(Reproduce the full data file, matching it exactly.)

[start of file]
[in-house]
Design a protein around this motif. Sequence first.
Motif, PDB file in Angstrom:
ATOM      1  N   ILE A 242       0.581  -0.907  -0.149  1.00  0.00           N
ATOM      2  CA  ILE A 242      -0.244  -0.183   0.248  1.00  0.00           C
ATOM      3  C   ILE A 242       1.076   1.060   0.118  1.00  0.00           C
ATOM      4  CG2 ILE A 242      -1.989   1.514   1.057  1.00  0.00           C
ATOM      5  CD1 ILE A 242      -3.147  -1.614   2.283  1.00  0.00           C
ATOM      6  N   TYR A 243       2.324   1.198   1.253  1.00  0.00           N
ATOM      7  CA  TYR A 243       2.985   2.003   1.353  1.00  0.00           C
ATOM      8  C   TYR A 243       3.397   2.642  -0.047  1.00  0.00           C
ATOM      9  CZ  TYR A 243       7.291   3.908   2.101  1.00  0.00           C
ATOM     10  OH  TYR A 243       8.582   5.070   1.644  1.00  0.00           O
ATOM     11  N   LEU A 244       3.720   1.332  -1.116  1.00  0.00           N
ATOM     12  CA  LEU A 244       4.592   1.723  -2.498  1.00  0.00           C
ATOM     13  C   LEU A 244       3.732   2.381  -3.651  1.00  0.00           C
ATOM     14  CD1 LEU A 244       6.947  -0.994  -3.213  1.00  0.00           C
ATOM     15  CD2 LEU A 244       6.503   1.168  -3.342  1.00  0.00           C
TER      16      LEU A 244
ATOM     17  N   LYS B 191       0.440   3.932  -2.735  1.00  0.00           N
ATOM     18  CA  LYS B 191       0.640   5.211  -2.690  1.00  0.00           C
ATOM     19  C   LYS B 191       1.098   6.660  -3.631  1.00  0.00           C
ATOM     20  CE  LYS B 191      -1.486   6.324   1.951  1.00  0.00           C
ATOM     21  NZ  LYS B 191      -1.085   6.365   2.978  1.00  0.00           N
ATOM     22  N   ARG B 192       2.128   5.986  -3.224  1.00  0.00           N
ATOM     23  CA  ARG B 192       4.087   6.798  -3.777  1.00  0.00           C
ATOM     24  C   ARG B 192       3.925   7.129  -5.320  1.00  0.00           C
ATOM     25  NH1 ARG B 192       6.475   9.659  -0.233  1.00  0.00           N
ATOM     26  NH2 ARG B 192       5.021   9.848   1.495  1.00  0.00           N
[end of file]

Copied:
[in-house]
Design a protein around this motif. Sequence first.
Motif, PDB file in Angstrom:
ATOM      1  N   ILE A 242       0.581  -0.907  -0.149  1.00  0.00           N
ATOM      2  CA  ILE A 242      -0.244  -0.183   0.248  1.00  0.00           C
ATOM      3  C   ILE A 242       1.076   1.060   0.118  1.00  0.00           C
ATOM      4  CG2 ILE A 242      -1.989   1.514   1.057  1.00  0.00           C
ATOM      5  CD1 ILE A 242      -3.147  -1.614   2.283  1.00  0.00           C
ATOM      6  N   TYR A 243       2.324   1.198   1.253  1.00  0.00           N
ATOM      7  CA  TYR A 243       2.985   2.003   1.353  1.00  0.00           C
ATOM      8  C   TYR A 243       3.397   2.642  -0.047  1.00  0.00           C
ATOM      9  CZ  TYR A 243       7.291   3.908   2.101  1.00  0.00           C
ATOM     10  OH  TYR A 243       8.582   5.070   1.644  1.00  0.00           O
ATOM     11  N   LEU A 244       3.720   1.332  -1.116  1.00  0.00           N
ATOM     12  CA  LEU A 244       4.592   1.723  -2.498  1.00  0.00           C
ATOM     13  C   LEU A 244       3.732   2.381  -3.651  1.00  0.00           C
ATOM     14  CD1 LEU A 244       6.947  -0.994  -3.213  1.00  0.00           C
ATOM     15  CD2 LEU A 244       6.503   1.168  -3.342  1.00  0.00           C
TER      16      LEU A 244
ATOM     17  N   LYS B 191       0.440   3.932  -2.735  1.00  0.00           N
ATOM     18  CA  LYS B 191       0.640   5.211  -2.690  1.00  0.00           C
ATOM     19  C   LYS B 191       1.098   6.660  -3.631  1.00  0.00           C
ATOM     20  CE  LYS B 191      -1.486   6.324   1.951  1.00  0.00           C
ATOM     21  NZ  LYS B 191      -1.085   6.365   2.978  1.00  0.00           N
ATOM     22  N   ARG B 192       2.128   5.986  -3.224  1.00  0.00           N
ATOM     23  CA  ARG B 192       4.087   6.798  -3.777  1.00  0.00           C
ATOM     24  C   ARG B 192       3.925   7.129  -5.320  1.00  0.00           C
ATOM     25  NH1 ARG B 192       6.475   9.659  -0.233  1.00  0.00           N
ATOM     26  NH2 ARG B 192       5.021   9.848   1.495  1.00  0.00           N